Inequality in survival of people with head and neck cancer: Head and Neck 5000 cohort study

Kate Ingarfield, Alex D McMahon, Katrina Hurley, Stu Toms, Miranda Pring, Steve J Thomas, Andrea Waylen, Michael Pawlita, Tim Waterboer, Andy R Ness, David I Conway

Research output: Contribution to journalArticle (Academic Journal)peer-review


BACKGROUND: Explanations for socioeconomic inequalities in survival of head and neck cancer (HNC) patients have had limited attention and are not well understood.

METHODS: The UK Head and Neck 5000 prospective clinical cohort study was analyzed. Survival relating to measures of socioeconomic status was explored including area-based and individual factors. Three-year overall survival was determined using the Kaplan-Meier method. All-cause mortality was investigated via adjusted Cox Proportional Hazard models.

RESULTS: A total of 3440 people were included. Three-year overall survival was 76.3% (95% CI 74.9, 77.7). Inequality in survival by deprivation category, highest education level, and financial concerns was explained by age, sex, health, and behavioral factors. None of the potential explanatory factors fully explained the inequality associated with annual household income or the proportion of income of benefits.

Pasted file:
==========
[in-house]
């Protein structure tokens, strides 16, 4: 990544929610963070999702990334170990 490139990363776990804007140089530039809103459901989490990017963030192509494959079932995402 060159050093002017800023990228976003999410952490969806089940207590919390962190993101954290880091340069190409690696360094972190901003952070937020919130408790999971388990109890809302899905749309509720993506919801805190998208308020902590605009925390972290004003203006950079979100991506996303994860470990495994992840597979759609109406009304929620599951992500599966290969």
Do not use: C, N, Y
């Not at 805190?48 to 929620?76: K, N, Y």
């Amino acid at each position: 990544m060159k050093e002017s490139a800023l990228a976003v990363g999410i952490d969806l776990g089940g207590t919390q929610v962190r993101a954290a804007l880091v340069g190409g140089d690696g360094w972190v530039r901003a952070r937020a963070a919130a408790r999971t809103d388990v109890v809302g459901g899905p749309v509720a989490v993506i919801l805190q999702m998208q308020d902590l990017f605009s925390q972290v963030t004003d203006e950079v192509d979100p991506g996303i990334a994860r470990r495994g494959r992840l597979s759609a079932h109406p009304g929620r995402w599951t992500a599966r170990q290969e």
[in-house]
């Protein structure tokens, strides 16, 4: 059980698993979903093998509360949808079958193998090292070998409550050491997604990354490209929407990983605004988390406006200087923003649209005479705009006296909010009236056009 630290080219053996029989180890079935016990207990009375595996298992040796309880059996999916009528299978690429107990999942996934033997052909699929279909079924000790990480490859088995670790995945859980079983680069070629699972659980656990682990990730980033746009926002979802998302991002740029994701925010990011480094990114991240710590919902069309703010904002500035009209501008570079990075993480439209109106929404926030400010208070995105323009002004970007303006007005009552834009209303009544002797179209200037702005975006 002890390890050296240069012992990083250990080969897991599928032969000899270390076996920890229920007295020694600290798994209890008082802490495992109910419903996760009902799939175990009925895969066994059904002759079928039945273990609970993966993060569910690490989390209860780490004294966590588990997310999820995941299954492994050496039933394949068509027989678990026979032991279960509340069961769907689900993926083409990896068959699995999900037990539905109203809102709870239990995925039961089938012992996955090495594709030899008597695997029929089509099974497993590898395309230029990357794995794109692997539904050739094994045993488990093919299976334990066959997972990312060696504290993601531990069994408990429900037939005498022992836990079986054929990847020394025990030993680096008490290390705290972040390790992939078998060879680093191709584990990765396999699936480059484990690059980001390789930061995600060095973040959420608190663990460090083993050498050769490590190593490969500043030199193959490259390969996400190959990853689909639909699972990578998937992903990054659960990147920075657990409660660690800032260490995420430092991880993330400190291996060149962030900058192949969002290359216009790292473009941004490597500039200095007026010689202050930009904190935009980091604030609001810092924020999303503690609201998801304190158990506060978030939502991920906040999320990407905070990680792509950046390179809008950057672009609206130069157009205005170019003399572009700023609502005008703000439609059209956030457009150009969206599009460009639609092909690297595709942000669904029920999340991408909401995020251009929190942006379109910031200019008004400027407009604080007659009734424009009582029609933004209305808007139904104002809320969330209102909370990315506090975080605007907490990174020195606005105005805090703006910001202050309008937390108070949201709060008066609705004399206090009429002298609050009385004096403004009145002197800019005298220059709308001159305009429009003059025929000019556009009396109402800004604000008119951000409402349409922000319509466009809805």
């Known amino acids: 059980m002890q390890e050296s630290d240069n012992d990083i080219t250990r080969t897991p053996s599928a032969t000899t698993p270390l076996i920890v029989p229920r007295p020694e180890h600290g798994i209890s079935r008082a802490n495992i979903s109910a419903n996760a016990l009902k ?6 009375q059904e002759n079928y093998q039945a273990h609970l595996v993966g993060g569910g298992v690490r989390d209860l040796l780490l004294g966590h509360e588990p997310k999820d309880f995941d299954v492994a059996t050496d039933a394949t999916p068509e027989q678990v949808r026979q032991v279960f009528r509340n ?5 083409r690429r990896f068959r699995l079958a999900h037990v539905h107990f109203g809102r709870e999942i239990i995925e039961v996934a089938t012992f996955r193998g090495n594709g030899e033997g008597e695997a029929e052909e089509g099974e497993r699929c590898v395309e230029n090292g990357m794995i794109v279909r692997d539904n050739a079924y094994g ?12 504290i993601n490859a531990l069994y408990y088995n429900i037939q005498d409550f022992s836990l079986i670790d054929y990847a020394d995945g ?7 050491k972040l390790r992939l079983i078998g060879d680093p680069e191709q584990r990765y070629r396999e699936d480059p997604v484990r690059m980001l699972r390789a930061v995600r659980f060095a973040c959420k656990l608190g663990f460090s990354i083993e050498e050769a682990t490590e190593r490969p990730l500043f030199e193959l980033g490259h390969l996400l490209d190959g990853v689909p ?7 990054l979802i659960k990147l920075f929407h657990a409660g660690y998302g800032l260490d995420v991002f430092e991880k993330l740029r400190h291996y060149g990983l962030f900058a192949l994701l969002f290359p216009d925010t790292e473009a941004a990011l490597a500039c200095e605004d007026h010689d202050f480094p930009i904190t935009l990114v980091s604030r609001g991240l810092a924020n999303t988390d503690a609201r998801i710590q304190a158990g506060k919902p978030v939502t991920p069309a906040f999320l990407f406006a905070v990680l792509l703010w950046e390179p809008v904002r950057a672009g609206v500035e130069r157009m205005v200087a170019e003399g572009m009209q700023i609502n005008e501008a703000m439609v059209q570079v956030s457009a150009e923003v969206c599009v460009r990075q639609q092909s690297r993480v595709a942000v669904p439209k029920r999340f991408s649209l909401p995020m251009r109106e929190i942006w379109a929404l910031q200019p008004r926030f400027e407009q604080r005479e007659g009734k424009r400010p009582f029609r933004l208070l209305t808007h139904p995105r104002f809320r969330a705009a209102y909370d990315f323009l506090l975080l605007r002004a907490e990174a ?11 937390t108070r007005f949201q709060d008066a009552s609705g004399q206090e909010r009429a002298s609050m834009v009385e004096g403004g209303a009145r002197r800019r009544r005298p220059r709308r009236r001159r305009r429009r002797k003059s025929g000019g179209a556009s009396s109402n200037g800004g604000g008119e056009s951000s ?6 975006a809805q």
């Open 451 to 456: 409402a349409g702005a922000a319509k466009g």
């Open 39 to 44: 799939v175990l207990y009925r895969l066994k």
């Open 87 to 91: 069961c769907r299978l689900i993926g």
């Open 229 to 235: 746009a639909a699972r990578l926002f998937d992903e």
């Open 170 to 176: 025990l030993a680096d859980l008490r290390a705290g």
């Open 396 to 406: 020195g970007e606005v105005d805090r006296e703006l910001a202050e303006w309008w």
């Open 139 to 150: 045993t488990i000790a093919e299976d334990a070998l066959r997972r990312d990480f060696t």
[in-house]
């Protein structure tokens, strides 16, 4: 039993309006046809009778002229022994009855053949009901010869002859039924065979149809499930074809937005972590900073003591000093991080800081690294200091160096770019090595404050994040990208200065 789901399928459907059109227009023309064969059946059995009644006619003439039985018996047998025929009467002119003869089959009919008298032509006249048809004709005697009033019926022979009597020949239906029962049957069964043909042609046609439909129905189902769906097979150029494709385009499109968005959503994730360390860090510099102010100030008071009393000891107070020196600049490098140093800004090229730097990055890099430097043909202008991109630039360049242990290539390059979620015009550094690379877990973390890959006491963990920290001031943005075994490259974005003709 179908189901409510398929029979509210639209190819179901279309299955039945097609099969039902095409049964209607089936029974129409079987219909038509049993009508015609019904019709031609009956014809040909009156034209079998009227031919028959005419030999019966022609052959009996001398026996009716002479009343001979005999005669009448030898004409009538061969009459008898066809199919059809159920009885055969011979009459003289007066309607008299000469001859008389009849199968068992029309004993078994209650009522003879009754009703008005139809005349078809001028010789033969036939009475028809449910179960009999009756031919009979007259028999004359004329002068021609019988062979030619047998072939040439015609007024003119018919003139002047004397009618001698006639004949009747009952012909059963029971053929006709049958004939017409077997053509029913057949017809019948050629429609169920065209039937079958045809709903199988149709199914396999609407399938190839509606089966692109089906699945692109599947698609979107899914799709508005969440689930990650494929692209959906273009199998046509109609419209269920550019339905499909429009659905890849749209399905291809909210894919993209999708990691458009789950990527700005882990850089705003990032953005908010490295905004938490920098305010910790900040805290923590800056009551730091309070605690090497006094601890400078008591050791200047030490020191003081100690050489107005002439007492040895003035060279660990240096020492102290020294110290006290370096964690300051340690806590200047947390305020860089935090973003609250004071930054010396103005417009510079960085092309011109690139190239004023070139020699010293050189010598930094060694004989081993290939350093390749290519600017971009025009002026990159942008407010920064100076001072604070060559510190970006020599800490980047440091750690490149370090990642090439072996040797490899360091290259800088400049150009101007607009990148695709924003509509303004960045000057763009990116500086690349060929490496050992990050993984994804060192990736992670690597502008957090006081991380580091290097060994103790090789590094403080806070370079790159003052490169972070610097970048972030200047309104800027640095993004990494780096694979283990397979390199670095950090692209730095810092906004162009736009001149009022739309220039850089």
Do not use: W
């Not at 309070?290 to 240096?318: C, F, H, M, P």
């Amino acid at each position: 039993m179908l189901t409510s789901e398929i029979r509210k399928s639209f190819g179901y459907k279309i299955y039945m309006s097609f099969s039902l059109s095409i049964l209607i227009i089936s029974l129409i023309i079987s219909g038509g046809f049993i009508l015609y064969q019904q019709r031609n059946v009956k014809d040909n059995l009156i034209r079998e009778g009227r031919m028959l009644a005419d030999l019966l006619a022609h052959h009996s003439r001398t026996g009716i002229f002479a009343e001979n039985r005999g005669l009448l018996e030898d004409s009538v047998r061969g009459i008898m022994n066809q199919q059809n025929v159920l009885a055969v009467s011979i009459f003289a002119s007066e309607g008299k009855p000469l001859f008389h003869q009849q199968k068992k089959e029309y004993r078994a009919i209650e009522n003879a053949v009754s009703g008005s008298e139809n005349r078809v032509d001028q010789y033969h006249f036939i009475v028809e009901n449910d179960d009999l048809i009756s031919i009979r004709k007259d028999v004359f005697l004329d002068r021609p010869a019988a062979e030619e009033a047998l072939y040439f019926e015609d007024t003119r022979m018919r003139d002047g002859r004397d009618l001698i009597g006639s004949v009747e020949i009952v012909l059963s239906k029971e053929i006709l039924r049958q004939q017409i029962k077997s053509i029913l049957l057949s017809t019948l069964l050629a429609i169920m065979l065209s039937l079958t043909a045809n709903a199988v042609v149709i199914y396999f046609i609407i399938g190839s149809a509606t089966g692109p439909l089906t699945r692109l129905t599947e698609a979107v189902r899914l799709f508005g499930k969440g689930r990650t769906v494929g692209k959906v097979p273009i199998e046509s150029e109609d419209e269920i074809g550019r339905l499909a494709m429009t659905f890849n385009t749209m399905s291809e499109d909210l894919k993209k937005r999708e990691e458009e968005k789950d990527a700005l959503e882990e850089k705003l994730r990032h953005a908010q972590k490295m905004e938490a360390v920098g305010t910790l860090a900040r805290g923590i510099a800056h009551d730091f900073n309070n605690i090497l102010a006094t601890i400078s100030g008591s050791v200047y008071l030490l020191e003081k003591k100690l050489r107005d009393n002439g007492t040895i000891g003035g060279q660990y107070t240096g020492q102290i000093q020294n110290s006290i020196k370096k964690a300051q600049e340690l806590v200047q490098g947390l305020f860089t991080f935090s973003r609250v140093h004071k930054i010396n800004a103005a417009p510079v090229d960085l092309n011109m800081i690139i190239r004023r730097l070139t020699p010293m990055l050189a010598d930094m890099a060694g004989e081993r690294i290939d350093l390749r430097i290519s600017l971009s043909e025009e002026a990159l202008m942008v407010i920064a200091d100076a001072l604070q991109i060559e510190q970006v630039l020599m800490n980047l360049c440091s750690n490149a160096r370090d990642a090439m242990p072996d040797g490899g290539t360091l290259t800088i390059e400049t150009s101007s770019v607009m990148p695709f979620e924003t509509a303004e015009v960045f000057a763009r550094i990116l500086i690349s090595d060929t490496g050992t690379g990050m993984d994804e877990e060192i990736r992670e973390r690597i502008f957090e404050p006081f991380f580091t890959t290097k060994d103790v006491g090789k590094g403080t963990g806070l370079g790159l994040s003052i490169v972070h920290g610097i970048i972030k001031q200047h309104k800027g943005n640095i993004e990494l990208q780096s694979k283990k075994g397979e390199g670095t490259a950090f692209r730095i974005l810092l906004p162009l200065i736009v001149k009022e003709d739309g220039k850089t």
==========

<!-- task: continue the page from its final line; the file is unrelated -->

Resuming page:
CONCLUSION: These results support the interventions to address the financial issues within the wider care and support provided to HNC patients.

Original languageEnglish
Pages (from-to)1252-1270
Number of pages19
JournalHead and Neck
Issue number4
Early online date8 Jan 2021
Publication statusPublished - Apr 2021


  • cancer epidemiology
  • cohort study
  • head and neck cancer
  • inequality
  • Kaplan-Meier
  • survival

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